LIFE, for 56-A, Get a ___!, before GRIP.

But at least I had JIM, off the 'J' in RIJN.

EVA made me think of Husker and his NASA talks to students.

Big Easy: Yeah, I saw the MAKO article. I wish people would quit Shark-Fishing for sport. They're necessary for a healthy SEA.

Funny thing, I thought Barry G. would like WIMPISH. lol

Nothing to drink in the grid (Again!!!). tears ...

A "toast" to all at Sunset. And the Mom's on Sunday!
Cheers!

May 9, 2014

Argyle said...

So am I the only one that had "GET A ROOM!"?

Dudley said...

Hello Puzzlers -

What Hahtoolah said: Halifax machine made the rest of the solve possible. Got myself log jammed having Boldly instead of Wildly. Really admire the theme!

Argyle - that's a hoot, I didn't think of that possibity. I first put in Get a Life.

Avg Joe said...

This was one of the most enjoyable gimmick type themes I can recall. Very tough to get going, and it required a lot of wags, but it was worth it.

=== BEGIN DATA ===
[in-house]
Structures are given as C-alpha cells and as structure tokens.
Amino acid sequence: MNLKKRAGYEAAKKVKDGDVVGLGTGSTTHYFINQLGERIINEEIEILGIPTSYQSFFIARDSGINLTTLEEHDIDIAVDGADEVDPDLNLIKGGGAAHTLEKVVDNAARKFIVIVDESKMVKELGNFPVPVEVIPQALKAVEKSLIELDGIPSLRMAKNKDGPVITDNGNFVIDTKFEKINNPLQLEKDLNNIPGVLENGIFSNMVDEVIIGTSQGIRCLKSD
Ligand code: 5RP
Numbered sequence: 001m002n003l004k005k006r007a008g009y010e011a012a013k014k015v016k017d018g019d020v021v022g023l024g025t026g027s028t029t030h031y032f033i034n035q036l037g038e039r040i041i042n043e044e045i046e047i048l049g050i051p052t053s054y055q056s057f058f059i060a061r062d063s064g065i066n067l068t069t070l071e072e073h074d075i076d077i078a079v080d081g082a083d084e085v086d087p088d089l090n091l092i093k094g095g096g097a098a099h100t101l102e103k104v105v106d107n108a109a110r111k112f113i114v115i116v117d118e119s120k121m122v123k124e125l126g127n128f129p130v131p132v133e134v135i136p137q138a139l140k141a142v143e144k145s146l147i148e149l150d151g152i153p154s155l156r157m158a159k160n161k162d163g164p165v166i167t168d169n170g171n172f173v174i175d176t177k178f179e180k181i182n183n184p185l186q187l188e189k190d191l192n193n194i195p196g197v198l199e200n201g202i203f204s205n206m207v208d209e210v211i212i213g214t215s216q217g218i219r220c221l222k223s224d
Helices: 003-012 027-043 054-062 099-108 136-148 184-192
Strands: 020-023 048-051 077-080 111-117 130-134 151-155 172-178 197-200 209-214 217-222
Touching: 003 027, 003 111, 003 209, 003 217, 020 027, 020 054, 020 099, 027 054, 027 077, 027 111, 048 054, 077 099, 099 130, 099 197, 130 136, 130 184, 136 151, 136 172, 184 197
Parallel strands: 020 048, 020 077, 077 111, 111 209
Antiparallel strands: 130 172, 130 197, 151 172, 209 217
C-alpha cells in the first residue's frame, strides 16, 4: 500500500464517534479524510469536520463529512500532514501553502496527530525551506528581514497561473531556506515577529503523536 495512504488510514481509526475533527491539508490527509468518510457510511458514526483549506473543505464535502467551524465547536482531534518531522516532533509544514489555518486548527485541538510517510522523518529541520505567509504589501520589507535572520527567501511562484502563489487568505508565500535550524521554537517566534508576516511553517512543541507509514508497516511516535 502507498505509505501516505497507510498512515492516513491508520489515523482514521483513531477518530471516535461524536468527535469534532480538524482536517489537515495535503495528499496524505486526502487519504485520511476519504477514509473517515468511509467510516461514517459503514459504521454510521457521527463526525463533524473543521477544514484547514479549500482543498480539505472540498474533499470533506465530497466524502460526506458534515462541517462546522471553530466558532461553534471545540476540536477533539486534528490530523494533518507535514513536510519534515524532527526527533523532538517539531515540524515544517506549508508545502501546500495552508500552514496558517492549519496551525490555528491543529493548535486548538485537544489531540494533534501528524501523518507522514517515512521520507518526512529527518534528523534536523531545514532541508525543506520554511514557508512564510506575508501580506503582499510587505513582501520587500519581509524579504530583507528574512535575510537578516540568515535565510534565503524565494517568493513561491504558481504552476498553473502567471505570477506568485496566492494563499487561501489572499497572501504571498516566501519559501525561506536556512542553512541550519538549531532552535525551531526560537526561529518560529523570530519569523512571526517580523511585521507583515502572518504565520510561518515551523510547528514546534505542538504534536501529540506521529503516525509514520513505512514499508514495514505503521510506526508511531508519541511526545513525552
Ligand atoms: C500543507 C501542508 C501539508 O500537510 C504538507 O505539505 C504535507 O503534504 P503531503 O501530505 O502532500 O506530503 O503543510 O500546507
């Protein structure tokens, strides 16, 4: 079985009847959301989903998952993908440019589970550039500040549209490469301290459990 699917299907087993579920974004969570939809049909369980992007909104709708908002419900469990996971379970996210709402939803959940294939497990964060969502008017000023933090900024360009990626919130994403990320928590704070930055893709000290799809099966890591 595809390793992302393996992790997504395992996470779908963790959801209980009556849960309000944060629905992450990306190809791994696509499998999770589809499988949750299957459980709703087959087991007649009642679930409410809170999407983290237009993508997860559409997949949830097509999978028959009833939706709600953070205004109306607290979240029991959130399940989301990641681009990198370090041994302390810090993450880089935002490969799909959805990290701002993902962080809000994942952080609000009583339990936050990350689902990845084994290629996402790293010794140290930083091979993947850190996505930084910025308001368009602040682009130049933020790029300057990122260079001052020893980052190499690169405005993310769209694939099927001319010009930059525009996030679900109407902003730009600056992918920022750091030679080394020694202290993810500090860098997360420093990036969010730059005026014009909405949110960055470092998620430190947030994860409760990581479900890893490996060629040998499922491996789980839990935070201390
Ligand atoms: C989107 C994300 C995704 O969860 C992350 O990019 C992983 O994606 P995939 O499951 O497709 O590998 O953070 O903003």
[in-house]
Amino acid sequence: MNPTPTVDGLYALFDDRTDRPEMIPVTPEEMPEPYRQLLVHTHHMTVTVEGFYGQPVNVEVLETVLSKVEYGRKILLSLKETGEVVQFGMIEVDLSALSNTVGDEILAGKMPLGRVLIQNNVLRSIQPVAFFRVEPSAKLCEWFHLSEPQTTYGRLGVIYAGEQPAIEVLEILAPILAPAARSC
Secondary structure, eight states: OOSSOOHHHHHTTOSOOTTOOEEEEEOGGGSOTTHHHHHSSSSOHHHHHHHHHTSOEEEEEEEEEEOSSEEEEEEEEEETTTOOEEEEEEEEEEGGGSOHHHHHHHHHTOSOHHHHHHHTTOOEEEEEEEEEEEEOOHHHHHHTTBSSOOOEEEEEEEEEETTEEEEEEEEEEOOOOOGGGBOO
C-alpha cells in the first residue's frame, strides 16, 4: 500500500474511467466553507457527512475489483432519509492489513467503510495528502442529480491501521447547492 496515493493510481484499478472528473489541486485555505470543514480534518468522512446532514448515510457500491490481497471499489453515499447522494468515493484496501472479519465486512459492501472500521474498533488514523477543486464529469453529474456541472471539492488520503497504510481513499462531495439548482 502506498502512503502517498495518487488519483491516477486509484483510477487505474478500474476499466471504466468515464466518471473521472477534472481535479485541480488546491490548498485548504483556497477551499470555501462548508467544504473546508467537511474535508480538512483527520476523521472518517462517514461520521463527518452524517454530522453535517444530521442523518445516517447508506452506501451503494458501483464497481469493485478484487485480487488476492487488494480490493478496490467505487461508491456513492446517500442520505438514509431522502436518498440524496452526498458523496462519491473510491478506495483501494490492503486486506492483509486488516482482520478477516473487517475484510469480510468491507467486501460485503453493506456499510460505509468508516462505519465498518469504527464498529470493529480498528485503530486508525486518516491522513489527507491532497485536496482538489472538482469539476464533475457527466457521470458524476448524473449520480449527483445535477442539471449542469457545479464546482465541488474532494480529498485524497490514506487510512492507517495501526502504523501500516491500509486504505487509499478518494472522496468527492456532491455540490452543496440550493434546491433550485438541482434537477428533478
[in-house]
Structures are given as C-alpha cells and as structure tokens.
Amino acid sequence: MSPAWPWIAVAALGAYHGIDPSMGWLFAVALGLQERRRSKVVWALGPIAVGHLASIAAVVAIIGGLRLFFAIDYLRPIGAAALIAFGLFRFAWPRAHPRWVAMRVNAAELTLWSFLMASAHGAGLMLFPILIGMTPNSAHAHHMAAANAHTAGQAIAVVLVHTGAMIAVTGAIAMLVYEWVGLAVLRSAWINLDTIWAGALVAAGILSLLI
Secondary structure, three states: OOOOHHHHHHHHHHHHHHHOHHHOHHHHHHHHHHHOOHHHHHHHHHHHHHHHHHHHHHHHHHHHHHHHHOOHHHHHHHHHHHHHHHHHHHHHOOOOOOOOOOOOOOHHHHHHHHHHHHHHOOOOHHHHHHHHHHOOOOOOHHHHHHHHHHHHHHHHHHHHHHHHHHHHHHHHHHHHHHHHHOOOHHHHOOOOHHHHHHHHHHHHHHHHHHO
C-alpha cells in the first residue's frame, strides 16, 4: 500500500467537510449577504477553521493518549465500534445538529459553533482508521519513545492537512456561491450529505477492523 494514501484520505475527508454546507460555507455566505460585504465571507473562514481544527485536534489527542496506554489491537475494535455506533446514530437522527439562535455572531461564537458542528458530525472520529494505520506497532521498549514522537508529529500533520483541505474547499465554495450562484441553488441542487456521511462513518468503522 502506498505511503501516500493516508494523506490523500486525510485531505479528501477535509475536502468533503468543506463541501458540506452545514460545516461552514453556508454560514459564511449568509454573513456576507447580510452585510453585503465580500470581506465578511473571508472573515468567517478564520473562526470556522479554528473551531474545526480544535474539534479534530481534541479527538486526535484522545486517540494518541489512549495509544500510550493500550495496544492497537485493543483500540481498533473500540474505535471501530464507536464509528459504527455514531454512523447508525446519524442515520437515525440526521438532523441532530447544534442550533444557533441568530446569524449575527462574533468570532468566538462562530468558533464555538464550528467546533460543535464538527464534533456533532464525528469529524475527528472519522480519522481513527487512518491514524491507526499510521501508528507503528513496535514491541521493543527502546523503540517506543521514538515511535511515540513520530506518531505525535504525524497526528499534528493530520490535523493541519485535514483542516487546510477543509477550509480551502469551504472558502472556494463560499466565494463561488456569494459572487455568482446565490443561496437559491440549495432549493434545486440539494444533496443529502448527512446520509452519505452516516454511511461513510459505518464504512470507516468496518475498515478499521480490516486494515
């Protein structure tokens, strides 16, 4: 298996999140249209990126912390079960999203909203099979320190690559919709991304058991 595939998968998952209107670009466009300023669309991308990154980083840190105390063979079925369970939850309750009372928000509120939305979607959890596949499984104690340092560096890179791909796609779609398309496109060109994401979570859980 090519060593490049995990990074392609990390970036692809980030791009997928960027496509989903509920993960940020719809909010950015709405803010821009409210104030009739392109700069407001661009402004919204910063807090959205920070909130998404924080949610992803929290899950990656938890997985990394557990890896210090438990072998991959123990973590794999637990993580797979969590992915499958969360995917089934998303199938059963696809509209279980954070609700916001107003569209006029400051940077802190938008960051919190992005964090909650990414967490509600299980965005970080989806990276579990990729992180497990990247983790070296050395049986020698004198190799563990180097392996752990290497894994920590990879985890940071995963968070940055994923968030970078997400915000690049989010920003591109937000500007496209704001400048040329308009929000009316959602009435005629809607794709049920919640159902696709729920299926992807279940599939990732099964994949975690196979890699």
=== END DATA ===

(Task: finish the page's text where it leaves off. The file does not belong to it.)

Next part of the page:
First them answer was HaliFaxMachine, based purely on knowing Halifax, which helped enormously. Moved up to Montreal, and took a guess there. Lower themes were quite a bit harder, but it came together eventually.

Tried life and clue before grip. Never thought of room:-) Wanted Tom but had Fin already, so I had to dust off the forgotten shelf that held Rijn, aided and abetted by Jim. Started out with Pup and AMA because of Ump, but getting the third theme squared that away to Cub and HMO. Lots of complete unknowns such as A Lie, Ino, Uni, Ita and Diorite, but the perps were solid enough to work it out.

Great puzzle!

Jazzbumpa said...

Hi gang -

Pretty much WBS. Tough SOLVE. This took me about 45 minutes. Worth it though. Love the theme.

Some great 7's, as has been pointed out.

Many unknowns

I had CLUE and LIFE before GRIP. ROOM was not on my radar screen.

I suspect multiple ENDINGS refers to some video games?

Tigers win streak ended at 8 last night. Lowly X-word fav STROS took the last game of 4, avoiding the sweep. How's that for an alternate ENDING?

Twins in for the weekend. Verlander against Hughes tonight. But we're going to be watching Amanda dance.

Cool regards!
JzB

Abejo said...

Good morning, folks. Thank you, Jeffrey Wechsler, for a great puzzle. Thank you, Lemonade, for a fine review.

This puzzle took me about two hours, which is not bad for me.

Lots of unknowns, but thank goodness for the perps.